Born 1753 — Died December 5, 1784
Phillis Wheatley was America’s first black poet.
Born in Senegal, Africa in 1753, she was kidnapped on a slave ship to Boston and sold at the age of seven to John and Susannah Wheatley of Boston as Mrs. Wheatley’s personal servant. Phillis, however, was soon accepted as a member of the family, and was raised and educated with the Wheatley’s other two children.
Phillis became a Boston sensation after she wrote a poem on the death of the evangelical preacher George Whitefield in 1770. Three years later thirty-nine of her poems were published in London as “Poems on Various Subjects, Religious and Moral.” It was the first book published by a black American.Phillis soon displayed her remarkable talents by learning to read and write English. At the age of twelve she was reading the Greek and Latin classics, and passages from the Bible. At thirteen she wrote her first poem.
In 1775 she wrote a poem extolling the accomplishments of George Washington and sent it to the commander-in-chief. Washington responded by praising her talents and inviting her to his headquarters.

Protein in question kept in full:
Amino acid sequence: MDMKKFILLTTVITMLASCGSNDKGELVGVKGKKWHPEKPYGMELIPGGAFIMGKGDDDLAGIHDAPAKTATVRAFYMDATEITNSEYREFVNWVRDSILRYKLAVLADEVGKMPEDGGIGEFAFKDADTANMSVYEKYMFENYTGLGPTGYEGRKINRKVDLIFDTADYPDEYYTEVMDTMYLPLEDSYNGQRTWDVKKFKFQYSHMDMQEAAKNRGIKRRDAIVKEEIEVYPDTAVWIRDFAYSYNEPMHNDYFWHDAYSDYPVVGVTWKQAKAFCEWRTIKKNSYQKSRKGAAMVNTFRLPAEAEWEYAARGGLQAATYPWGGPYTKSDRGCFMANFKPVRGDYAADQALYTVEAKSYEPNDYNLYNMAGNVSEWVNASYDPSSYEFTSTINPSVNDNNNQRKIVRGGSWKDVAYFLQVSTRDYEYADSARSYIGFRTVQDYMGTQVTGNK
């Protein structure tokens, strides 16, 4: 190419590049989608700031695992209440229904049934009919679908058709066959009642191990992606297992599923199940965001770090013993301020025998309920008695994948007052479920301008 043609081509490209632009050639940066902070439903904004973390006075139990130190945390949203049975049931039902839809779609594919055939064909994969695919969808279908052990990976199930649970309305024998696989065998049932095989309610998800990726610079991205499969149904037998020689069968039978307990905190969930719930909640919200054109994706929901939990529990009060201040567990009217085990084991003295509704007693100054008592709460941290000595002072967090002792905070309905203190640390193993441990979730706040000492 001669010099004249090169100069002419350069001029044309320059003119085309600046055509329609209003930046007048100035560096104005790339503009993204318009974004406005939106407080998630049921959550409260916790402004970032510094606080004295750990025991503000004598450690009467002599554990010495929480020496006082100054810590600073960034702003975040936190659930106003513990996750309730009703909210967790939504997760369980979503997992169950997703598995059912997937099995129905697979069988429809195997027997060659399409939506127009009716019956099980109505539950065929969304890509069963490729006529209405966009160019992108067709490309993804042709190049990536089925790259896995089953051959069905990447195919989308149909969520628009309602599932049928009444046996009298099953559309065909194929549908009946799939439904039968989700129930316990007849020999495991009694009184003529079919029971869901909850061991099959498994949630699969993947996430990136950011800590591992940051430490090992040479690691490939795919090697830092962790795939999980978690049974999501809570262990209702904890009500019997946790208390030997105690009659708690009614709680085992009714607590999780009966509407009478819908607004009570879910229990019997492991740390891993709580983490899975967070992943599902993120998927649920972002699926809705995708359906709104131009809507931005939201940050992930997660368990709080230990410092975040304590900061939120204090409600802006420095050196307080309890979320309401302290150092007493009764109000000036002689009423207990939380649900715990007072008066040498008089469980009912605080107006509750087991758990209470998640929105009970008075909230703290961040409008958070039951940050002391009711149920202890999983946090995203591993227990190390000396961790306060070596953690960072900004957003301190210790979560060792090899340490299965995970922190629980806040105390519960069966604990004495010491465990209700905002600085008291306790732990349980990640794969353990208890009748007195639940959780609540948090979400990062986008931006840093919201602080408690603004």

After both of her benefactors died, Phillis was freed as a slave. She married Dr. John Peters in 1778, moved away from Boston and had three children. After an unhappy marriage, she moved back to Boston, only to die in poverty alone in her apartment at the age of 30.
Years later her “Memoir and Poems of Phillis Wheatley” was published in 1834. “The Letters of Phillis Wheatley, the Negro Slave Poet of Boston” appeared in 1864.
Most of Phillis Wheatley’s poems reflect her religious and classical New England upbringing. Writing in heroic couplets, many of her poems consist of elegies while others stress the theme of Christian salvation.
Although racial equality is not a theme to be found in Phillis Wheatley’s poetry, one allusion of injustice appears in one of her poems which appears below.
On Being Brought From Africa To America
‘Twas mercy brought me from my pagan land,
Taught my beknighted soul to understand
That there’s a God, that there’s a Savior too:
Once I redemption neither sought nor knew.
Some view our sable race with scornful eye,
“Their color is a diabolic dye.”
Remember Christians; Negroes, black as Cain,
May be refin’d, and join th’ angelic train.